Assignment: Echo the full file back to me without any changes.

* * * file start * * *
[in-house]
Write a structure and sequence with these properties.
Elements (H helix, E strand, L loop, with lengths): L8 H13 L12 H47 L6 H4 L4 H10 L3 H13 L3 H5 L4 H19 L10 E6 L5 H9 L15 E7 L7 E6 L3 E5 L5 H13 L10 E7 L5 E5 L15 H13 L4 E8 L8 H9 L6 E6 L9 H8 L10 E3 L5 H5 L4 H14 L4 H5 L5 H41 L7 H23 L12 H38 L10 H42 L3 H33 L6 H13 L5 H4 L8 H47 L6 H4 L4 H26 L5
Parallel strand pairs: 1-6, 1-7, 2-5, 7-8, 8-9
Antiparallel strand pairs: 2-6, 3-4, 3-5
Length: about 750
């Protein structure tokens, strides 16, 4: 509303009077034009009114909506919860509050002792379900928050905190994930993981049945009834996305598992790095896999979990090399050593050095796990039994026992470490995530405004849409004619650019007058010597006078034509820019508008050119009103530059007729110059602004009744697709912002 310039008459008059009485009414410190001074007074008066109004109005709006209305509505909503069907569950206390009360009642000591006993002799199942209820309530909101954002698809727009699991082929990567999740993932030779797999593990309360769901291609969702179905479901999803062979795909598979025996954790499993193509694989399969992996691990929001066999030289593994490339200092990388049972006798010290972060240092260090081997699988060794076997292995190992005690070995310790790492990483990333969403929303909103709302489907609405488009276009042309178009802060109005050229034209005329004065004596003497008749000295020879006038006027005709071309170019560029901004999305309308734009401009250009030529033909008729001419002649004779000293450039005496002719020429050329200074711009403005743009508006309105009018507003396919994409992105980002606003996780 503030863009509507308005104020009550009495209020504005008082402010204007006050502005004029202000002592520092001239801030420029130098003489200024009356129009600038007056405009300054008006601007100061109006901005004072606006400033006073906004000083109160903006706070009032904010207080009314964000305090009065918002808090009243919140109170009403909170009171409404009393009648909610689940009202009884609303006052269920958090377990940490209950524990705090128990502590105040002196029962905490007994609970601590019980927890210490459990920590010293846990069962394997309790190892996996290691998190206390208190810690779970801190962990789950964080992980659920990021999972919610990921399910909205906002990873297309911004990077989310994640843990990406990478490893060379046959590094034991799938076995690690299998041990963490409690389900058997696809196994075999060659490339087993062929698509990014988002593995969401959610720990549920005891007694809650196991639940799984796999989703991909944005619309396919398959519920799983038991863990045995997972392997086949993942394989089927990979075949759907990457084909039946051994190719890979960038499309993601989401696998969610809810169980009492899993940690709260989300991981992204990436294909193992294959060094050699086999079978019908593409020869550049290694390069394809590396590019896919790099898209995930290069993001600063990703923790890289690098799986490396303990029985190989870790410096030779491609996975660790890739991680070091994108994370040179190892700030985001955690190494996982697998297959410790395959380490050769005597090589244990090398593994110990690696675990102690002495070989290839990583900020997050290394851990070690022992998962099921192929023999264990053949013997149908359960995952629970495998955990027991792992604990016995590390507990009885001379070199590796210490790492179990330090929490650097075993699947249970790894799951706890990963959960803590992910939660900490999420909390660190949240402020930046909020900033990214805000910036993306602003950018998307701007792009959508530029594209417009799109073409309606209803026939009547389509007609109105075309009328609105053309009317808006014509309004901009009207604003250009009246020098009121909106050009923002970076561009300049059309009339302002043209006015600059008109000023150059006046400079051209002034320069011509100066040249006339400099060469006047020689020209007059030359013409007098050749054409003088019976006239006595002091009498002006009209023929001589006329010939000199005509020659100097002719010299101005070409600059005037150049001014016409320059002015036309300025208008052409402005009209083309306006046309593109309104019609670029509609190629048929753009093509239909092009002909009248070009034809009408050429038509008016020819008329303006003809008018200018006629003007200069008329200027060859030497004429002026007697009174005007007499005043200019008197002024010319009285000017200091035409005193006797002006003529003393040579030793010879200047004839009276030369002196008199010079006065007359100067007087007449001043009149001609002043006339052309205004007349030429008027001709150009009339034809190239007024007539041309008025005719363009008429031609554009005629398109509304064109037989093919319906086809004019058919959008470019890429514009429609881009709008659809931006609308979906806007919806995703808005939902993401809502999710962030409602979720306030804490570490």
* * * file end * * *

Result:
[in-house]
Write a structure and sequence with these properties.
Elements (H helix, E strand, L loop, with lengths): L8 H13 L12 H47 L6 H4 L4 H10 L3 H13 L3 H5 L4 H19 L10 E6 L5 H9 L15 E7 L7 E6 L3 E5 L5 H13 L10 E7 L5 E5 L15 H13 L4 E8 L8 H9 L6 E6 L9 H8 L10 E3 L5 H5 L4 H14 L4 H5 L5 H41 L7 H23 L12 H38 L10 H42 L3 H33 L6 H13 L5 H4 L8 H47 L6 H4 L4 H26 L5
Parallel strand pairs: 1-6, 1-7, 2-5, 7-8, 8-9
Antiparallel strand pairs: 2-6, 3-4, 3-5
Length: about 750
């Protein structure tokens, strides 16, 4: 509303009077034009009114909506919860509050002792379900928050905190994930993981049945009834996305598992790095896999979990090399050593050095796990039994026992470490995530405004849409004619650019007058010597006078034509820019508008050119009103530059007729110059602004009744697709912002 310039008459008059009485009414410190001074007074008066109004109005709006209305509505909503069907569950206390009360009642000591006993002799199942209820309530909101954002698809727009699991082929990567999740993932030779797999593990309360769901291609969702179905479901999803062979795909598979025996954790499993193509694989399969992996691990929001066999030289593994490339200092990388049972006798010290972060240092260090081997699988060794076997292995190992005690070995310790790492990483990333969403929303909103709302489907609405488009276009042309178009802060109005050229034209005329004065004596003497008749000295020879006038006027005709071309170019560029901004999305309308734009401009250009030529033909008729001419002649004779000293450039005496002719020429050329200074711009403005743009508006309105009018507003396919994409992105980002606003996780 503030863009509507308005104020009550009495209020504005008082402010204007006050502005004029202000002592520092001239801030420029130098003489200024009356129009600038007056405009300054008006601007100061109006901005004072606006400033006073906004000083109160903006706070009032904010207080009314964000305090009065918002808090009243919140109170009403909170009171409404009393009648909610689940009202009884609303006052269920958090377990940490209950524990705090128990502590105040002196029962905490007994609970601590019980927890210490459990920590010293846990069962394997309790190892996996290691998190206390208190810690779970801190962990789950964080992980659920990021999972919610990921399910909205906002990873297309911004990077989310994640843990990406990478490893060379046959590094034991799938076995690690299998041990963490409690389900058997696809196994075999060659490339087993062929698509990014988002593995969401959610720990549920005891007694809650196991639940799984796999989703991909944005619309396919398959519920799983038991863990045995997972392997086949993942394989089927990979075949759907990457084909039946051994190719890979960038499309993601989401696998969610809810169980009492899993940690709260989300991981992204990436294909193992294959060094050699086999079978019908593409020869550049290694390069394809590396590019896919790099898209995930290069993001600063990703923790890289690098799986490396303990029985190989870790410096030779491609996975660790890739991680070091994108994370040179190892700030985001955690190494996982697998297959410790395959380490050769005597090589244990090398593994110990690696675990102690002495070989290839990583900020997050290394851990070690022992998962099921192929023999264990053949013997149908359960995952629970495998955990027991792992604990016995590390507990009885001379070199590796210490790492179990330090929490650097075993699947249970790894799951706890990963959960803590992910939660900490999420909390660190949240402020930046909020900033990214805000910036993306602003950018998307701007792009959508530029594209417009799109073409309606209803026939009547389509007609109105075309009328609105053309009317808006014509309004901009009207604003250009009246020098009121909106050009923002970076561009300049059309009339302002043209006015600059008109000023150059006046400079051209002034320069011509100066040249006339400099060469006047020689020209007059030359013409007098050749054409003088019976006239006595002091009498002006009209023929001589006329010939000199005509020659100097002719010299101005070409600059005037150049001014016409320059002015036309300025208008052409402005009209083309306006046309593109309104019609670029509609190629048929753009093509239909092009002909009248070009034809009408050429038509008016020819008329303006003809008018200018006629003007200069008329200027060859030497004429002026007697009174005007007499005043200019008197002024010319009285000017200091035409005193006797002006003529003393040579030793010879200047004839009276030369002196008199010079006065007359100067007087007449001043009149001609002043006339052309205004007349030429008027001709150009009339034809190239007024007539041309008025005719363009008429031609554009005629398109509304064109037989093919319906086809004019058919959008470019890429514009429609881009709008659809931006609308979906806007919806995703808005939902993401809502999710962030409602979720306030804490570490």